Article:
Trump's Expected Policy Changes Have Propelled These 2 Biotechs to New Highs

Published: Mar 20, 2017

Trump's Expected Policy Changes Have Propelled These 2 Biotechs to New Highs March 20, 2017
By Alex Keown, BioSpace.com Breaking News Staff

WASHINGTON – Movement in Washington, D.C. has certainly caused some uncertainty in the healthcare industry when looking at potential changes to the Affordable Healthcare Act, funding concerns through the president’s proposed budget and potential regulatory changes at the U.S. Food and Drug Administration.

But some of the potential changes in Washington are bringing positive benefits to two biotechs, Amgen and Illumina and investors in those companies have seen share prices surge since the November 2016 election of Donald Trump. Writing in the Motley Fool, analyst Corey Renauer said these two companies have seen a combined market cap increase of more than $32 billion since Nov. 18, 2016, with Amgen seeing the lion’s share at $29.41 billion.

1. Amgen

So far, 2017 has been a good year for Amgen , in part due to successful (so far) litigation against rivals Regeneron and Sanofi that could prevent those companies from marketing their cholesterol drug Praluent in the United States for 12 years due to patent infringements. In January, a judge issued the ruling, but that is being appealed. If the injunction is upheld, that would leave Amgen’s Repatha as the sole drug of its type in the United States. The company also received a boost after a meeting with Trump when Amgen Chief Executive Officer Robert Bradway told the president the company will be hiring 1,600 people across the United States this year.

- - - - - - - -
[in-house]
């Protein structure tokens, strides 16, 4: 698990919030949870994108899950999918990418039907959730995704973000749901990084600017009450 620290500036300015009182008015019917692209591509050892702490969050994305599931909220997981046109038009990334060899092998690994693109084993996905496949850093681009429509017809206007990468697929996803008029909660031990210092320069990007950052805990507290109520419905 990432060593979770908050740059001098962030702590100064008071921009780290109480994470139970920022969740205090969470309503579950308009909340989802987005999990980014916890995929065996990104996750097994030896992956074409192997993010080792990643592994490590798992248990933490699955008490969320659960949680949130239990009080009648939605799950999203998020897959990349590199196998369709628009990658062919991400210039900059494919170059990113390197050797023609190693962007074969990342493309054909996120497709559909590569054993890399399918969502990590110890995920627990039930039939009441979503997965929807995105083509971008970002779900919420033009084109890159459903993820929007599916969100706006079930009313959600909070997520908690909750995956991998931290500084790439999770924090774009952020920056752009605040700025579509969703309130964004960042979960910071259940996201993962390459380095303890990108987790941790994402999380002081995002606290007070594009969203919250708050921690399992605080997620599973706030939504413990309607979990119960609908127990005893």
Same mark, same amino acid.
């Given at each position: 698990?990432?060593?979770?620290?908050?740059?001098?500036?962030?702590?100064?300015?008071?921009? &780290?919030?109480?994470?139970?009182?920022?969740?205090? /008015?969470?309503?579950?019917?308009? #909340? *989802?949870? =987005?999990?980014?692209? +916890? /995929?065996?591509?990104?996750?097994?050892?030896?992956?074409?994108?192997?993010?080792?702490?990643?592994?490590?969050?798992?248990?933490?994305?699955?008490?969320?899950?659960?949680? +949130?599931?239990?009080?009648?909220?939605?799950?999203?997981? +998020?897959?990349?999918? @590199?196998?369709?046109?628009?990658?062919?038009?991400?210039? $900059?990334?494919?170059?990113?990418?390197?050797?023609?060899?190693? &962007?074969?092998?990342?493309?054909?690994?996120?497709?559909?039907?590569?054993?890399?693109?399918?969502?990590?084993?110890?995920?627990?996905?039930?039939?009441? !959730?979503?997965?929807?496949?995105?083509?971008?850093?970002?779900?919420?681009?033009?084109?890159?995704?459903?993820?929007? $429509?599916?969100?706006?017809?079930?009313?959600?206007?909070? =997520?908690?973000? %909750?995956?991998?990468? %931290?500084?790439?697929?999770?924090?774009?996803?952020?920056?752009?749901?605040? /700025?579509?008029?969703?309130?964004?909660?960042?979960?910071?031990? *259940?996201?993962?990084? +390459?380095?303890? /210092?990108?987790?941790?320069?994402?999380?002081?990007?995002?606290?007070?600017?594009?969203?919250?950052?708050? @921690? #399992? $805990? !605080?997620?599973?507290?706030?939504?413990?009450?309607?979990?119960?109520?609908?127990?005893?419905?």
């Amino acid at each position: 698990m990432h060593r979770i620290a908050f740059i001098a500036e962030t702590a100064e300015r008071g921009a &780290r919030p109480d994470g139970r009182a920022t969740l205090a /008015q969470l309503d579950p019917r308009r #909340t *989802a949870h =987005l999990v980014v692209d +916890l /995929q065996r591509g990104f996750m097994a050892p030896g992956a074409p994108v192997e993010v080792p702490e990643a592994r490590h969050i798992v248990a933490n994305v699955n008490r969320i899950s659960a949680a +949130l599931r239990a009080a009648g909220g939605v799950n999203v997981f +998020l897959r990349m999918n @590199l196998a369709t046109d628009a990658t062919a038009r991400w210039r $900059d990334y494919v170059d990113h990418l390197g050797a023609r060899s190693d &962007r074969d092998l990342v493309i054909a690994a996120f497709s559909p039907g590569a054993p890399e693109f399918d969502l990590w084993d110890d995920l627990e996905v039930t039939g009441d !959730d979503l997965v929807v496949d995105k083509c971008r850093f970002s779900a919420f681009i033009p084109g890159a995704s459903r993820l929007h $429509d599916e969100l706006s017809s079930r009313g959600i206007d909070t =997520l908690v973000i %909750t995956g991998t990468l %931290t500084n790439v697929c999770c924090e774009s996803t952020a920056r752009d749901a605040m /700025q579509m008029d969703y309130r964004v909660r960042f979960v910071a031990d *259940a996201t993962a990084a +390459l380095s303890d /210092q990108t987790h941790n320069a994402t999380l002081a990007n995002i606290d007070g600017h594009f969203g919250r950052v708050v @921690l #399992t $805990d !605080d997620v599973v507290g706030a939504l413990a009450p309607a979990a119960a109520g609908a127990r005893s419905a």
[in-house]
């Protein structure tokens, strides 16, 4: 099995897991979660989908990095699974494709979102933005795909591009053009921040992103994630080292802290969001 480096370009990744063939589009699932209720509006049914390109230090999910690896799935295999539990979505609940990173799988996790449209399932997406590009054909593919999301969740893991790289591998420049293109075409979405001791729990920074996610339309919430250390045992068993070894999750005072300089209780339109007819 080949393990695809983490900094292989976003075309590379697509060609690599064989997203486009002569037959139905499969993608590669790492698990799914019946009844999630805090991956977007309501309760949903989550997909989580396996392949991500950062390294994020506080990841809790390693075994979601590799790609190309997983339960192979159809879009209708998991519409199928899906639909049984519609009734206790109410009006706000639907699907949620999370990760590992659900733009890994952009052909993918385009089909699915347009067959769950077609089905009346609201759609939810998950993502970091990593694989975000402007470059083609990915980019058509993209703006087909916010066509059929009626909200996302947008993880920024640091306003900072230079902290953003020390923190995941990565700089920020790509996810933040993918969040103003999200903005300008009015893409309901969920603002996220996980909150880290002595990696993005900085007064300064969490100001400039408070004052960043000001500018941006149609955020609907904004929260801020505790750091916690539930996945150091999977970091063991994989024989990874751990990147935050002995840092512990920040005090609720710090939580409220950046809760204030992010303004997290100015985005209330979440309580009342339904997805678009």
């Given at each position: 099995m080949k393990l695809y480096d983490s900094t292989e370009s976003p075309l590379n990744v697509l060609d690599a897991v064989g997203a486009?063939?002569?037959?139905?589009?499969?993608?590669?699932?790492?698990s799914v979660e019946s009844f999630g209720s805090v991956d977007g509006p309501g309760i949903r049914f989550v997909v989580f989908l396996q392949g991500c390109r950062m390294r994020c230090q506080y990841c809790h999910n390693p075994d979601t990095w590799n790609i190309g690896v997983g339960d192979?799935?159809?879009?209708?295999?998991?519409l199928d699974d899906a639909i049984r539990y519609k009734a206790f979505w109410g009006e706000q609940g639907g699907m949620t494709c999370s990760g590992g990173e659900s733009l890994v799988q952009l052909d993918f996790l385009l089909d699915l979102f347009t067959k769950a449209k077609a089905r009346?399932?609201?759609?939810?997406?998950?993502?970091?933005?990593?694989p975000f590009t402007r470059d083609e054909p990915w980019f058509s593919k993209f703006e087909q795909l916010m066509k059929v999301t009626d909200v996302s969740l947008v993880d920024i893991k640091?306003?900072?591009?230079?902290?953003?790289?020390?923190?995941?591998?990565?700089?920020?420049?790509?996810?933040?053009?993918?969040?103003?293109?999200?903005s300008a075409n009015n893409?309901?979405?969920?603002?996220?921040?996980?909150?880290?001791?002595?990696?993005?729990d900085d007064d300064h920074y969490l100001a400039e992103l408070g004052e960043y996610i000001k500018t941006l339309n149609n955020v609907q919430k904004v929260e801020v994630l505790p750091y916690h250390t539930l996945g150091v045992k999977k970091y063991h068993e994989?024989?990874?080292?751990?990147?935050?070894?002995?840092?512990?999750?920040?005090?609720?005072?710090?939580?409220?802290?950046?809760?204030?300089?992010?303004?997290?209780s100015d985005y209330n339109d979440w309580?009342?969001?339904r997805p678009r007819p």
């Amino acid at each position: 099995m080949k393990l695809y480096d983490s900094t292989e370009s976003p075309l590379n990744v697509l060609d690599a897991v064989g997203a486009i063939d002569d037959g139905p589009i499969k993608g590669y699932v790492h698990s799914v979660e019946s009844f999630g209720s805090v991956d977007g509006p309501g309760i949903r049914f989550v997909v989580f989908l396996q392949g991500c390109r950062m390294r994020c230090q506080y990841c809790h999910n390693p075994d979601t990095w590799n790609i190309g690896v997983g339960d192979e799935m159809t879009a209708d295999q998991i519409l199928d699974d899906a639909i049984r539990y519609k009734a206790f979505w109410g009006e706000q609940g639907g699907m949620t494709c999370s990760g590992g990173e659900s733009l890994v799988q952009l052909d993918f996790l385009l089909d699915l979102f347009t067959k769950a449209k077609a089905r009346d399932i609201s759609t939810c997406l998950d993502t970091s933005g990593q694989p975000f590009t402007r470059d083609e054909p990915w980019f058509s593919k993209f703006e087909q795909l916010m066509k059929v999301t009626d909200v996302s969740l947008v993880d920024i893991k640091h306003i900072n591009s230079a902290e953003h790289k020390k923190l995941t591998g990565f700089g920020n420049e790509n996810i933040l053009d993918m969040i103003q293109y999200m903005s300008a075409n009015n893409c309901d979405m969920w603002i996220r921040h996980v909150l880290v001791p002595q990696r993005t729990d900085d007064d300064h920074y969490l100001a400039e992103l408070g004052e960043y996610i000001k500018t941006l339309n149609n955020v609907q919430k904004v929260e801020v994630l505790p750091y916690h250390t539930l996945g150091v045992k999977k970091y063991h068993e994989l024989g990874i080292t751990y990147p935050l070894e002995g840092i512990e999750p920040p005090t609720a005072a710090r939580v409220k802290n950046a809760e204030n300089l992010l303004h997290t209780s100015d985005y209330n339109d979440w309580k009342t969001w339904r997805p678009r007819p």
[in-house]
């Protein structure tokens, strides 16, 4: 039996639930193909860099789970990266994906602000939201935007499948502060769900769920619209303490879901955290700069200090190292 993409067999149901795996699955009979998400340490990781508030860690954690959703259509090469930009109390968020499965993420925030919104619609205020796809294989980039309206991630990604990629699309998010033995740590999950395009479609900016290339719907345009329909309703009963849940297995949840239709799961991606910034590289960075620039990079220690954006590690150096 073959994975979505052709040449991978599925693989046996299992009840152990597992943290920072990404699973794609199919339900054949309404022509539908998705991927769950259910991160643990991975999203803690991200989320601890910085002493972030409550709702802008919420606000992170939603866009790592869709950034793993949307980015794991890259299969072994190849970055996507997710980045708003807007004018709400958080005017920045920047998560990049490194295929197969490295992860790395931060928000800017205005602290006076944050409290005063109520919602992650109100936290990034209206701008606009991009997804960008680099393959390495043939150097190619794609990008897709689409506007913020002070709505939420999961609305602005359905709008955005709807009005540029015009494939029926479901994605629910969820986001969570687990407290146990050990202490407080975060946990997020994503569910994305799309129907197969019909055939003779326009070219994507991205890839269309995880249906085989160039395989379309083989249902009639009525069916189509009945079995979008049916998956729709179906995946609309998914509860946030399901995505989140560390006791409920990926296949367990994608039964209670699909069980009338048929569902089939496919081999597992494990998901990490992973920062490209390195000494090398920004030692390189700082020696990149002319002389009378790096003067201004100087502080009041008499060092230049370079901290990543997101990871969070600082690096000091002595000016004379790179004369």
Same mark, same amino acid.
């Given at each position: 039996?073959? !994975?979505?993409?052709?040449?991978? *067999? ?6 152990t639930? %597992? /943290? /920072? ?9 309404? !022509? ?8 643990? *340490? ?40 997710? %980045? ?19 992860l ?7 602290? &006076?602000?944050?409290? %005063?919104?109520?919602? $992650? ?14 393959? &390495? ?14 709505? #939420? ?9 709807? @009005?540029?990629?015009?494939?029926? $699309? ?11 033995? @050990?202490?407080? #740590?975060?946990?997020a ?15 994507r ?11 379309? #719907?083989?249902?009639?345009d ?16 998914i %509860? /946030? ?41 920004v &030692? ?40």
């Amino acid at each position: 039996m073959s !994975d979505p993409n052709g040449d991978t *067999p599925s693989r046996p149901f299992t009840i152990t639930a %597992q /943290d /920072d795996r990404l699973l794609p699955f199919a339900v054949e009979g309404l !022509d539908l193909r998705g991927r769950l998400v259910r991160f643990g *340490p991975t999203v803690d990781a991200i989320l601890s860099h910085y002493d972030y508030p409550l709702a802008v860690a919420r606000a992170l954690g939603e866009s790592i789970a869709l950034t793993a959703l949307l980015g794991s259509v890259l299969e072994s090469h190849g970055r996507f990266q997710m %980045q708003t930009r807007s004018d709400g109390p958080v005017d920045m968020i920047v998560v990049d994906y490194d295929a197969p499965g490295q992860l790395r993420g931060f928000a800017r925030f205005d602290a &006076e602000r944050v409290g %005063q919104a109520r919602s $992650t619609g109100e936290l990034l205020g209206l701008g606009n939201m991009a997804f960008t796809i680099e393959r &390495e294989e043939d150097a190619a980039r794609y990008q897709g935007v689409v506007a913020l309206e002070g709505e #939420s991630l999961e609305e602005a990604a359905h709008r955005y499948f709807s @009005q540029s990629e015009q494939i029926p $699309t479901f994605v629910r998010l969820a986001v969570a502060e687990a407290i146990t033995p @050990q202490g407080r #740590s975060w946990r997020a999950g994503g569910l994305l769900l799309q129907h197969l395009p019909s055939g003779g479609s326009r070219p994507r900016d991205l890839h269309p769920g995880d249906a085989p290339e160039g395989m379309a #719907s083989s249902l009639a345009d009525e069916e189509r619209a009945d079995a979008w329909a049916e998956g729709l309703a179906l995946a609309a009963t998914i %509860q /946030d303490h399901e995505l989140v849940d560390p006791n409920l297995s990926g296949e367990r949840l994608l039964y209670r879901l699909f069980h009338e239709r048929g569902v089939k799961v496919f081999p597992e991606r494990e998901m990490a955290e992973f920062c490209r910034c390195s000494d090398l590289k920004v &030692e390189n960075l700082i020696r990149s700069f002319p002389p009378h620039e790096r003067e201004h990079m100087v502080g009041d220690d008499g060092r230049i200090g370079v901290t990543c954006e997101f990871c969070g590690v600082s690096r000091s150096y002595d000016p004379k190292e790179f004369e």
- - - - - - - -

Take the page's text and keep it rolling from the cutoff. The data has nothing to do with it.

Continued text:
The company entered 2017 riding high off of its approved biosimilar, Amjevita to AbbVie ’s Humira for the treatment of seven inflammatory diseases, including moderate-to-severe rheumatoid arthritis, moderate-to-severe polyarticular juvenile idiopathic arthritis, psoriatic arthritis, ankylosing spondylitis, moderate-to-severe chronic plaque psoriasis, adult moderate-to-severe Crohn's disease and moderate-to-severe ulcerative colitis. It’s the biosimilar area where Renauer believes Amgen will continue to see growth if Trump’s FDA Commissioner-appointee Scott Gottlieb is approved by the Senate. Renauer said Amgen has multiple biosimilars in late-stage development targeting Avastin, Remicade, Rituxan, and Herceptin. Gottlieb is in favor of “accelerating and simplifying the approval process for biosimilars…,” which “bodes well” for Amgen’s future, Renauer said. Shares of Amgen were up slightly in pre-market trading at $169.40 per share.

2. Illumina

Illumina has been in a state of rapid expansion to support its gene-sequencing platforms. Renauer touted the company’s latest technology, which he said “… makes whole human genome sequencing so cheap, it could spark another exponential rise in demand.” In January, Illumina unveiled the NovaSeq Series, a new and scalable sequencing architecture expected one day to enable a $100 genome. The current cost of sequencing is about $1,000. The platform redefines high throughput sequencing with unrivaled throughput, ease of use, low per sample costs, and unmatched flexibility. But while the new technology is promising, Renauer was quick to point out that has nothing to do with President Trump. Where Trump can play a significant role in boosting Illumina’s bottom line is if some of the tax-reforms he has spoken about are passed. If Trump lowers the corporate tax rate and changes the rules that would allow companies to repatriate offshore funds into the United States, “it would do wonders for this company's bottom line and the rest of the healthcare sector,” Renauer said. Shares of Illumina are trading at $161.70 as of 9:33 a.m.

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